Yesterday, January 24th, was my mom’s birthday. “Was” in the sense that both the day, and she, have passed. Mom would have been 67 had Parkinson’s or some complication from it not finally relieved her of the suffering that marked the last several years of her life. In many ways, the Mom that I had known for my entire life had passed on long before the breathing tube was removed on October 29, 2011. I thank God that before He chose to call her home, I got to spend one more afternoon sitting talking with her by her bedside, and in that moment, she truly was Mom – lucid, upbeat, and as always, understanding. Rather than dwell on her downfall, though, I want to use this space to remember her for the remarkable woman she was.
Mom loved many things. She loved God first and foremost. When I was a teenager, she had gone back to school to get a Bachelor’s degree in religious studies, and she was working on a Masters degree until Parkinson’s made it too difficult for her to continue. She wanted to know God as deeply as she possibly could, learning Hebrew and Greek so she could read His Word in the original languages. She dedicated her only son to the Lord, she told me once. While she was carrying me she was so spooked by the movie Rosemary’s Baby that right then and there she dedicated unborn Rob to God and His service. I have no doubt that’s why God’s kept His hand on my life, even during all the various times I’ve strayed from His path. She also showed her love for God in her generosity to the church, sometimes, my dad later told me, even at the expense of monthly rent. She knew God would provide.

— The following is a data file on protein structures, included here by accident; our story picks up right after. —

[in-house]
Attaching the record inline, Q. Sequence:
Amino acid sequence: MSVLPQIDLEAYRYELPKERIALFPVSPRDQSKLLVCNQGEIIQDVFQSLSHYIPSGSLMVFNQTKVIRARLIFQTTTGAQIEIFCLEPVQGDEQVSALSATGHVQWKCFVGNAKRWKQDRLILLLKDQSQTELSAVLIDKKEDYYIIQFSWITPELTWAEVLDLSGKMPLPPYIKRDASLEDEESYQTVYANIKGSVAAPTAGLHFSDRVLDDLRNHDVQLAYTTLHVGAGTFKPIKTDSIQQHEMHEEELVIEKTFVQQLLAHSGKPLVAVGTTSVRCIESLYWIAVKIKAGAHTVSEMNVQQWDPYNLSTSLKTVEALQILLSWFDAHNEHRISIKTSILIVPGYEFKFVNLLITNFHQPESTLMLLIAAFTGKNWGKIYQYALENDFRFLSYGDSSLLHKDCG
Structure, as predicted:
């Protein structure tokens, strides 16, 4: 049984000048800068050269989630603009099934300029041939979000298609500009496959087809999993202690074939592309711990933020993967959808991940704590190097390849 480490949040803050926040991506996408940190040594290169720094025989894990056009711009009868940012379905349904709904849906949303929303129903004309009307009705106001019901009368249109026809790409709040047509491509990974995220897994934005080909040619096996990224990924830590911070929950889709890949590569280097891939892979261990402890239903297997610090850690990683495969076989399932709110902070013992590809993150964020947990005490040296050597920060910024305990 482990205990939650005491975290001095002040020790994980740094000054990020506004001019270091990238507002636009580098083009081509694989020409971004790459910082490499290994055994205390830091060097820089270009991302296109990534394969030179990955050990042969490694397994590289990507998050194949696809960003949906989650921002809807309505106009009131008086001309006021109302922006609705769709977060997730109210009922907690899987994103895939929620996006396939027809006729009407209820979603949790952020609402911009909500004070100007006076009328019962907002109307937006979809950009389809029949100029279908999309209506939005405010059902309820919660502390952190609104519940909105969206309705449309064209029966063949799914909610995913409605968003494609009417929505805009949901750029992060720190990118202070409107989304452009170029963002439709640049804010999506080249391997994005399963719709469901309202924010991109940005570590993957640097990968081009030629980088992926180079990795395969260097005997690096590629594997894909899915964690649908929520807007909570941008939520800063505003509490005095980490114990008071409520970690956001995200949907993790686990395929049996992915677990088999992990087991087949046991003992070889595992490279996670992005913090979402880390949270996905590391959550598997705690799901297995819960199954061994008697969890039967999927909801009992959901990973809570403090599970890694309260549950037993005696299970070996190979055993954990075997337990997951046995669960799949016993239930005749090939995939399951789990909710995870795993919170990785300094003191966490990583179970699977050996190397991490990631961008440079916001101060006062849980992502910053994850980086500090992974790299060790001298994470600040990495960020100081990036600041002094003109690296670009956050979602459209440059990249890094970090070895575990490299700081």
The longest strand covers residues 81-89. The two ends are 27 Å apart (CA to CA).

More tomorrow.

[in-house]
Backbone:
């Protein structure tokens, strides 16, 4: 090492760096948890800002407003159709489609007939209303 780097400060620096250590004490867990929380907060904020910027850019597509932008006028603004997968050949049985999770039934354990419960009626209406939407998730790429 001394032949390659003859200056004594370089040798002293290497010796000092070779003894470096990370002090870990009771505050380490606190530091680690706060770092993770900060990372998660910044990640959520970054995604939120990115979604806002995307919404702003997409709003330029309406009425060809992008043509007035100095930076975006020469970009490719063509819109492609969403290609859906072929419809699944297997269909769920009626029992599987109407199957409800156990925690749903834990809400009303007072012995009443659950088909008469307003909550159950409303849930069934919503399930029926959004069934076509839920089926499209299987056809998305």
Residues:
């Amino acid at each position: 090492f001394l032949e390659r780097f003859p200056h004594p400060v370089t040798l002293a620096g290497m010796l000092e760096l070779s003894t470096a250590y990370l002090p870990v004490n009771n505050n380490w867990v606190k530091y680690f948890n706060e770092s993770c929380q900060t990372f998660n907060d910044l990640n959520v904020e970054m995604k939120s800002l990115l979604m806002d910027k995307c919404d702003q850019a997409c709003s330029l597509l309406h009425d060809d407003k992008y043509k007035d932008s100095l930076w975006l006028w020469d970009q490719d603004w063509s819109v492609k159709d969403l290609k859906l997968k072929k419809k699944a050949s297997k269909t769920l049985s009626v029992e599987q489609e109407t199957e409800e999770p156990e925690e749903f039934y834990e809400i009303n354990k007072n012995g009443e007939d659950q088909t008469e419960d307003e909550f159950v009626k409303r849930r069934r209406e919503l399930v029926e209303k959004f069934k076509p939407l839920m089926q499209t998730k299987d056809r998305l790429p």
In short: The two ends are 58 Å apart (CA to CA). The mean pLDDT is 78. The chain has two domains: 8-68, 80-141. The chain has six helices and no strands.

Mom loved animals, too. I never knew when I was ten how close to suicide she was after our Samoyed dog, Sam, died unexpectedly while we were away on a trip. Several sick kittens of stray cats found their way into our home over the years, with Mom doing the bulk of the work to nurture them to long, secure, healthy lives. The first cat, Goldie, was the friendliest cat I’ve ever met and will always have a special place in my heart. His shy little cousin, Patches, will always live in family lore as the cat that eluded my college buddy Andy in his never ending quest to touch her, just once. Occasionally her love for animals put her at odds with her rather lazy son. While living at home after college, someone had abandoned a white rabbit in our apartment complex. Despite my lack of enthusiasm for the idea, Mom insisted we take it in, scolding me along the way for not being more sensitive. Of course, I was the little boy who had once asked her why she was crying after she finished reading me The Velveteen Rabbit: after all, the boy got another bunny. (I get it now, Mom.)
Finally, most important to me, she loved her family. Things were rarely easy for Dad and her, but no matter what, they stuck together. She tried the best she could to keep me in step with other kids when it came to the petty, material things they had that I thought I was lacking, even taking a job to try and earn more money. Among other things, she taught me how to drive a stick shift car (I’m sure that was two years off of her life right there,) bought me a plane ticket home from Mexico when I told her how rough the train ride there had been, surprised me with toys, video games, clothes, and other little treats, just becuase, and most importantly, prayed for me every day. At the time that seemed like the least of what she did, but now I realize just how many times God kept me from serious trouble or harm thanks to her diligence.
So Happy Birthday Mom. I love you, and I miss you. As you party with Jesus in His Kingdom, enjoying your favorite chocolate cake with buttercream frosting, among the myriad of gifts that eternal life has to offer, I hope you find one more: the knowledge of how much your life here meant to your son.
I look forward to the day when we meet again and I can see that despite how amazing you were on Earth, that’s only a shadow of the soul you’ve become in Heaven.